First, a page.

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How the iPad Is Already Reshaping the Internet (Sans Flash) 532

Posted by timothy
from the all-3-flavors-of-ice-cream dept.
The Internet's already starting to look different, says Gizmodo, in a piece of interest not only to everyone with an iPad floating around the UPS system, but also those of us thinking about some other kind of tablet in the medium-term future. As they put it, "The iPad doesn't run Flash. If your website uses Flash, it won't play well on the iPad. Turns out, a lot of people want their sites to look pretty on the iPad." And an anonymous reader adds this snippet from Webmonkey: "In anticipation of Saturday's release of the iPad — which doesn't run Flash — Apple has published a list of 'iPad Ready' websites. The sites are all big league sluggers like CNN, The New York Times, People Magazine and MLB.com. Surprisingly, there are also a few video-heavy sites in the mix (Vimeo, Flickr, and TED) which would traditionally rely on Flash Player for video playback."
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How the iPad Is Already Reshaping the Internet (Sans Flash)

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  • by 6031769 (829845) on Friday April 02, 2010 @08:15AM (#31705374) Homepage Journal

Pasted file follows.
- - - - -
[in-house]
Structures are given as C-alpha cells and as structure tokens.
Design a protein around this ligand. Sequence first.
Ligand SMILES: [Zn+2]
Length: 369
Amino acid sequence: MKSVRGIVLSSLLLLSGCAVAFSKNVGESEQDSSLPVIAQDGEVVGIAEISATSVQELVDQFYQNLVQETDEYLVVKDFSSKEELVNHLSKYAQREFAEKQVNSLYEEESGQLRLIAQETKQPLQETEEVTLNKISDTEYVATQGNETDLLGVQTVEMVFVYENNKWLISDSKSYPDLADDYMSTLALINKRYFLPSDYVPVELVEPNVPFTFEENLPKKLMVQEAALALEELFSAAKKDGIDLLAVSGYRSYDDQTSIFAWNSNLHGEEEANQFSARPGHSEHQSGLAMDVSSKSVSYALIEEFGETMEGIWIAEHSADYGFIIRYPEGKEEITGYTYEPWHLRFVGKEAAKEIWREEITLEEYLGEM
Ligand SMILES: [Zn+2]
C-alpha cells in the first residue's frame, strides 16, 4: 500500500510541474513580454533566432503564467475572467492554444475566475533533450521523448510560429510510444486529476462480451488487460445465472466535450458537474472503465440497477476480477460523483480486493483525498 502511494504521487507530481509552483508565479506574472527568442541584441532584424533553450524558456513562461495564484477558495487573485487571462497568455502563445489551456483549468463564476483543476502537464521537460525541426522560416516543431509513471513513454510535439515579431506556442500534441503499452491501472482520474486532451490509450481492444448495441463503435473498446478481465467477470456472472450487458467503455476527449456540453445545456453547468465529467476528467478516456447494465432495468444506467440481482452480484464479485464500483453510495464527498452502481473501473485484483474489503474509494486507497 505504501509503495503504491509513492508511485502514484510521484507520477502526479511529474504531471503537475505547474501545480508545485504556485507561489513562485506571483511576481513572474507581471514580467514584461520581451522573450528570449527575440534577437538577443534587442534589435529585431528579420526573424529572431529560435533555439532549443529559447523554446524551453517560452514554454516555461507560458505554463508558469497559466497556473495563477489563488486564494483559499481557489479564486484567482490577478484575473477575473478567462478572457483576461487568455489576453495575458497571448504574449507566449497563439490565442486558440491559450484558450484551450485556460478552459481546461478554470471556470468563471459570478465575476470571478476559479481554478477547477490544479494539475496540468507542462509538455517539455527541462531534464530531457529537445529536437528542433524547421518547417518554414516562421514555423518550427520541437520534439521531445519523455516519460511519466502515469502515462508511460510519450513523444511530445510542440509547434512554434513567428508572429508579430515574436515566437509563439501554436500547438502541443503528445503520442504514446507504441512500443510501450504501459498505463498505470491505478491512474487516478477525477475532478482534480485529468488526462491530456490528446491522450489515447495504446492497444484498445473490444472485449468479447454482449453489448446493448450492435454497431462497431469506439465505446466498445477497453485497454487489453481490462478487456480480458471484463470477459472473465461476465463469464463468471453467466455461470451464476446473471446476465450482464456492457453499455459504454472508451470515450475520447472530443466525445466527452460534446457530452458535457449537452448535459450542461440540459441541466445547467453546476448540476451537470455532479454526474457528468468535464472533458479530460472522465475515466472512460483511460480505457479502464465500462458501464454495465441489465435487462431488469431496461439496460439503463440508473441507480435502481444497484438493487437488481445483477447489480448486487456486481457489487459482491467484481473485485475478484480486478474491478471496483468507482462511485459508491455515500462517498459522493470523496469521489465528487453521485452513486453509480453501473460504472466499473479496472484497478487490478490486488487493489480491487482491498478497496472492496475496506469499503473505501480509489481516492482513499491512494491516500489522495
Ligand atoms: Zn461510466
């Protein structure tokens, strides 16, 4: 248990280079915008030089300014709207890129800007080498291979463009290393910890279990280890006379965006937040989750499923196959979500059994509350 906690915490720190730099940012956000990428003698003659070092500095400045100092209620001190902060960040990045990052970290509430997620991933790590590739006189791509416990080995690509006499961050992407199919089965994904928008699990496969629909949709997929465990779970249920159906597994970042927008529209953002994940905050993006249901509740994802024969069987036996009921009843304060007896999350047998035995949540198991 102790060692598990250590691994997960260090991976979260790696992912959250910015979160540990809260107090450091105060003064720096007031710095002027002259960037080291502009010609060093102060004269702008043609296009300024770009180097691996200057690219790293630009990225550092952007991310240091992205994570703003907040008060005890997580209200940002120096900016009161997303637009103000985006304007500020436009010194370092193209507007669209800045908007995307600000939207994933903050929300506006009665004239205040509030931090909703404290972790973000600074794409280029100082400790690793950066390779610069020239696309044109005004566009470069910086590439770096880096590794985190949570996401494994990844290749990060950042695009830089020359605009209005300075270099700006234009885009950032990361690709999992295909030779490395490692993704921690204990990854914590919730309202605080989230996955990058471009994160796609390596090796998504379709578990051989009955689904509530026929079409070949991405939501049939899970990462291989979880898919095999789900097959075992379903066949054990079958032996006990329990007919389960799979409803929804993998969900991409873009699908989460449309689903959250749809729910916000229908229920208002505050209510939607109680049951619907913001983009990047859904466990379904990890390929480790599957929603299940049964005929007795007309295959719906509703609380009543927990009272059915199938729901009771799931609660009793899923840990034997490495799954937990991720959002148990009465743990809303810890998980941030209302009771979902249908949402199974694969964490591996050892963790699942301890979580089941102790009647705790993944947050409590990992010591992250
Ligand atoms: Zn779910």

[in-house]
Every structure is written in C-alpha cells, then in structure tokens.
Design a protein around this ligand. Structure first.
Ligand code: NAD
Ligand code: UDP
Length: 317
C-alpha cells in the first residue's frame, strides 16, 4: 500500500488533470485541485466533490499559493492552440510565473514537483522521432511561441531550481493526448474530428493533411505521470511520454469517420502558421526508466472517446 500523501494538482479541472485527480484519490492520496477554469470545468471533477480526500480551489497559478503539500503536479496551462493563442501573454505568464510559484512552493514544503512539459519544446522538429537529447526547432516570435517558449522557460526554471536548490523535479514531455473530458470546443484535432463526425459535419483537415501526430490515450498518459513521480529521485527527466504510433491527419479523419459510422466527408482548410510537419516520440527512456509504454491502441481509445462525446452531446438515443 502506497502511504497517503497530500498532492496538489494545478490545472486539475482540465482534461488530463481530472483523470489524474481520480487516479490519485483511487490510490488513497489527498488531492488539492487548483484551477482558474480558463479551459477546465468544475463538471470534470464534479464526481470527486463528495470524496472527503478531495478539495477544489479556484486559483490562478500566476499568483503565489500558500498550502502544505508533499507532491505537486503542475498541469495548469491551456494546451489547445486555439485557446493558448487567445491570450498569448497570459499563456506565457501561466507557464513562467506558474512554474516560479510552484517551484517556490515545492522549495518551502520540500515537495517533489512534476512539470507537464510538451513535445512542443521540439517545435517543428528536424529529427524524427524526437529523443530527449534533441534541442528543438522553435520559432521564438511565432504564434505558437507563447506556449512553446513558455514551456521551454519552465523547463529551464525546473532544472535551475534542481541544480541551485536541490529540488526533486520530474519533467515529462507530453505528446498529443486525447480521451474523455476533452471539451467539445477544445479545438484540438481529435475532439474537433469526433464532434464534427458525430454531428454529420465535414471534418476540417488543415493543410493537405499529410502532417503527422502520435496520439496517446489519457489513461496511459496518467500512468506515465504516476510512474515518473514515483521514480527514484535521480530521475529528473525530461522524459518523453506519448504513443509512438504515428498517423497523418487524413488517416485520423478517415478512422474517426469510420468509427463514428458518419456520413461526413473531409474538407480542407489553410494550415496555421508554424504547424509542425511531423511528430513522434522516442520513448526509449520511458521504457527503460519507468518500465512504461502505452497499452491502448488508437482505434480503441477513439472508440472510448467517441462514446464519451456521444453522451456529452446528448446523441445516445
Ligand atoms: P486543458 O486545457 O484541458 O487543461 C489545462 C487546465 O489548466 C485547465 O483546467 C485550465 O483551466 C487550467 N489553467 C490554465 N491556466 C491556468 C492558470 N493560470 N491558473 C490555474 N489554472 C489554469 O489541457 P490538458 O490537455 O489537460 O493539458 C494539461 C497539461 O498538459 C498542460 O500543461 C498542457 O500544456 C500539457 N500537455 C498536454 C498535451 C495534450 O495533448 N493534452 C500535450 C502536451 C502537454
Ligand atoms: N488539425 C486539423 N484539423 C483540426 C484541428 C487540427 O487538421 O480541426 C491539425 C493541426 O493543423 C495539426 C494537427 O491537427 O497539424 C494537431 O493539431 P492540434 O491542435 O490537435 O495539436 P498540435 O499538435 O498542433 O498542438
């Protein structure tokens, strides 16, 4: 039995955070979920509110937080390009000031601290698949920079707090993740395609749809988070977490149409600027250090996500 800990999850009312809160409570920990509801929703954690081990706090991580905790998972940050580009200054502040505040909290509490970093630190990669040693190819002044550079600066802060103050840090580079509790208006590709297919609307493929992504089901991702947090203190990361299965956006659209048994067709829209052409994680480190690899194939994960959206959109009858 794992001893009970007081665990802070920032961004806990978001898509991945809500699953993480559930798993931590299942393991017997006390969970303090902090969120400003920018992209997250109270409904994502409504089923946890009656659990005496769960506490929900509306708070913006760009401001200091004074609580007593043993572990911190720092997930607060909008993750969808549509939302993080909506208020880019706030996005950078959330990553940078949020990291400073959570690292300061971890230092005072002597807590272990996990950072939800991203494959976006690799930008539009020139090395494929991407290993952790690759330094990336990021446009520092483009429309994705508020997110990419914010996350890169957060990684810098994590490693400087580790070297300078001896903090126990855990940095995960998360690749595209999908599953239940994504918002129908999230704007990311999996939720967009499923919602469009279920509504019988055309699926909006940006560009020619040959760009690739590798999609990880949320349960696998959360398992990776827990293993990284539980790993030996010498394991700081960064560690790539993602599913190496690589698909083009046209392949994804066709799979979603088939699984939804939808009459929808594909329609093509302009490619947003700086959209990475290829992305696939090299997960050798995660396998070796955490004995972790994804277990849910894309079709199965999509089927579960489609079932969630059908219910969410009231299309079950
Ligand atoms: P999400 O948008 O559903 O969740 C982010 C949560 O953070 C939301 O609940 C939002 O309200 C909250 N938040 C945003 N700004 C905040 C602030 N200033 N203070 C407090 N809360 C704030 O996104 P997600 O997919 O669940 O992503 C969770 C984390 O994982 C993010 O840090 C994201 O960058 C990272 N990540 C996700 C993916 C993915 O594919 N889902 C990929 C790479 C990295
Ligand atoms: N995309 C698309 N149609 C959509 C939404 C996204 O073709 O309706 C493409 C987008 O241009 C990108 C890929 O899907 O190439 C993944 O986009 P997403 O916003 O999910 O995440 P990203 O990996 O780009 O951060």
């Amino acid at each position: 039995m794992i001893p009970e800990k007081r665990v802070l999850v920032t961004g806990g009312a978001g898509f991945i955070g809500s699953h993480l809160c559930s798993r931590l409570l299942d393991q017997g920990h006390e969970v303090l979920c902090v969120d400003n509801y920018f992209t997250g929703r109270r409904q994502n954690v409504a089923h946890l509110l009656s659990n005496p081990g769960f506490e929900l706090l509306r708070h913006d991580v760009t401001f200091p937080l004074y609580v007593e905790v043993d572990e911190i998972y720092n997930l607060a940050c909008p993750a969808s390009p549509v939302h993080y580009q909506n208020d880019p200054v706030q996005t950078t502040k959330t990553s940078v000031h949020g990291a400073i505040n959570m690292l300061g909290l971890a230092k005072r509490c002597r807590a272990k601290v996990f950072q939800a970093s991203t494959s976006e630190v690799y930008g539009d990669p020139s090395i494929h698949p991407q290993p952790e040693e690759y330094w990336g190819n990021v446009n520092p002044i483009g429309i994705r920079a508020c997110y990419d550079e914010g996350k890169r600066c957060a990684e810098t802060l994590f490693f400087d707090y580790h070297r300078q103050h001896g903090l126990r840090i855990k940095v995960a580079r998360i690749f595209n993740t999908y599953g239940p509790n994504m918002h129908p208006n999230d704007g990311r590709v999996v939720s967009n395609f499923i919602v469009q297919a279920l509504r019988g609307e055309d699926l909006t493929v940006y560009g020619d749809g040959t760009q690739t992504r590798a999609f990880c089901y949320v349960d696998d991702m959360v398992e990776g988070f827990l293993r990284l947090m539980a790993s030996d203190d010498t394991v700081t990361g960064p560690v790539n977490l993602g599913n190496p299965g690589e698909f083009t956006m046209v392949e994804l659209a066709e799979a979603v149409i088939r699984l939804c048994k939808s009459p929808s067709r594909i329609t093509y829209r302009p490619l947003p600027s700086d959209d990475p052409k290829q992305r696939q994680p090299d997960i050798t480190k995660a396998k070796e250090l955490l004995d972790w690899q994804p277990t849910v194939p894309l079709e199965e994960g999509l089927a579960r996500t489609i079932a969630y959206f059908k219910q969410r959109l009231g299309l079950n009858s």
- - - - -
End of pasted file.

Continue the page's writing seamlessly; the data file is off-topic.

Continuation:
s/Apple/Adobe/;

  • Re:Here we go again (Score:1, Interesting)

    by Anonymous Coward on Friday April 02, 2010 @08:46AM (#31705486)

    Yeah. I remember being asked to make a web site in Flash (since it couldn't possibly be done w/ HTML/CSS/Javascript). They gave me the requirements and I whipped up a site in no time using HTML/CSS/Javascript that fit those requirements. Oh, I loved the look on their faces when they found out it wasn't flash...

    That said, I've actually played the iPhone card before, to get out of using Flash unnecessarily. A contractor wanted to use Flash, so I just informed the director the site wouldn't work on her iPhone. Problem solved!

  • Re:Newgrounds (Score:5, Interesting)

    by Anonymous Coward on Friday April 02, 2010 @08:50AM (#31705512)

    Here's DHTML Lemmings written six years ago:

    http://www.elizium.nu/scripts/lemmings/ [elizium.nu]

    Here's an HTML5 particle system: